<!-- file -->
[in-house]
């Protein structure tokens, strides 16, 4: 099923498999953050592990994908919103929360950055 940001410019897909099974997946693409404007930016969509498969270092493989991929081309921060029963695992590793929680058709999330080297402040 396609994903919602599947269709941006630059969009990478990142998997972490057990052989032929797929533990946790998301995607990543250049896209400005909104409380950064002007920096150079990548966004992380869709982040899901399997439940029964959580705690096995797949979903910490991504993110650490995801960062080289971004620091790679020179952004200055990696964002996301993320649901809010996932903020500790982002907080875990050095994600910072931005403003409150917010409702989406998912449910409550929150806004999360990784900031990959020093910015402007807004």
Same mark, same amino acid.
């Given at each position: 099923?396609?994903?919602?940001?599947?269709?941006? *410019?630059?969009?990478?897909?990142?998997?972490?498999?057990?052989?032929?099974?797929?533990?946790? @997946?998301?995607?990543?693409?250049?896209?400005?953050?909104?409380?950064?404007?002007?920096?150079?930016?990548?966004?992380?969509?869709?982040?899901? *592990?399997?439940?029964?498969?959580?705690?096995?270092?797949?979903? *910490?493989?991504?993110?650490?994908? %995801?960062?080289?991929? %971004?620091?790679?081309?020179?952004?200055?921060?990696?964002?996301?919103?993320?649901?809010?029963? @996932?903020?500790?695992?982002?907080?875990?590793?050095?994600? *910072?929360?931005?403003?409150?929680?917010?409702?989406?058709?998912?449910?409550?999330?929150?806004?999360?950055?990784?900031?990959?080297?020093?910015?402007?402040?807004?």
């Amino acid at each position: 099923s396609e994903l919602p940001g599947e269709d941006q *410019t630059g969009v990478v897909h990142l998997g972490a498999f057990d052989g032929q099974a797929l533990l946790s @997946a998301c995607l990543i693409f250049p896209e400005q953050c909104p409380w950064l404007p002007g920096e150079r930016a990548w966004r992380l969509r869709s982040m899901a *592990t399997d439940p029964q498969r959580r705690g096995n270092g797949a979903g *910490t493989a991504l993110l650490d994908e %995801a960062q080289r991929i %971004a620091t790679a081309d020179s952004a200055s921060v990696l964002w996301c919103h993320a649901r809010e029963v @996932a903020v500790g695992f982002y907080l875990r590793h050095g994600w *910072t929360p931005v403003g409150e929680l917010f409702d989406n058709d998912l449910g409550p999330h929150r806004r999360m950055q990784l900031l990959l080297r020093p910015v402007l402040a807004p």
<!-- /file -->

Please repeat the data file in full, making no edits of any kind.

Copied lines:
[in-house]
């Protein structure tokens, strides 16, 4: 099923498999953050592990994908919103929360950055 940001410019897909099974997946693409404007930016969509498969270092493989991929081309921060029963695992590793929680058709999330080297402040 396609994903919602599947269709941006630059969009990478990142998997972490057990052989032929797929533990946790998301995607990543250049896209400005909104409380950064002007920096150079990548966004992380869709982040899901399997439940029964959580705690096995797949979903910490991504993110650490995801960062080289971004620091790679020179952004200055990696964002996301993320649901809010996932903020500790982002907080875990050095994600910072931005403003409150917010409702989406998912449910409550929150806004999360990784900031990959020093910015402007807004």
Same mark, same amino acid.
């Given at each position: 099923?396609?994903?919602?940001?599947?269709?941006? *410019?630059?969009?990478?897909?990142?998997?972490?498999?057990?052989?032929?099974?797929?533990?946790? @997946?998301?995607?990543?693409?250049?896209?400005?953050?909104?409380?950064?404007?002007?920096?150079?930016?990548?966004?992380?969509?869709?982040?899901? *592990?399997?439940?029964?498969?959580?705690?096995?270092?797949?979903? *910490?493989?991504?993110?650490?994908? %995801?960062?080289?991929? %971004?620091?790679?081309?020179?952004?200055?921060?990696?964002?996301?919103?993320?649901?809010?029963? @996932?903020?500790?695992?982002?907080?875990?590793?050095?994600? *910072?929360?931005?403003?409150?929680?917010?409702?989406?058709?998912?449910?409550?999330?929150?806004?999360?950055?990784?900031?990959?080297?020093?910015?402007?402040?807004?």
């Amino acid at each position: 099923s396609e994903l919602p940001g599947e269709d941006q *410019t630059g969009v990478v897909h990142l998997g972490a498999f057990d052989g032929q099974a797929l533990l946790s @997946a998301c995607l990543i693409f250049p896209e400005q953050c909104p409380w950064l404007p002007g920096e150079r930016a990548w966004r992380l969509r869709s982040m899901a *592990t399997d439940p029964q498969r959580r705690g096995n270092g797949a979903g *910490t493989a991504l993110l650490d994908e %995801a960062q080289r991929i %971004a620091t790679a081309d020179s952004a200055s921060v990696l964002w996301c919103h993320a649901r809010e029963v @996932a903020v500790g695992f982002y907080l875990r590793h050095g994600w *910072t929360p931005v403003g409150e929680l917010f409702d989406n058709d998912l449910g409550p999330h929150r806004r999360m950055q990784l900031l990959l080297r020093p910015v402007l402040a807004p």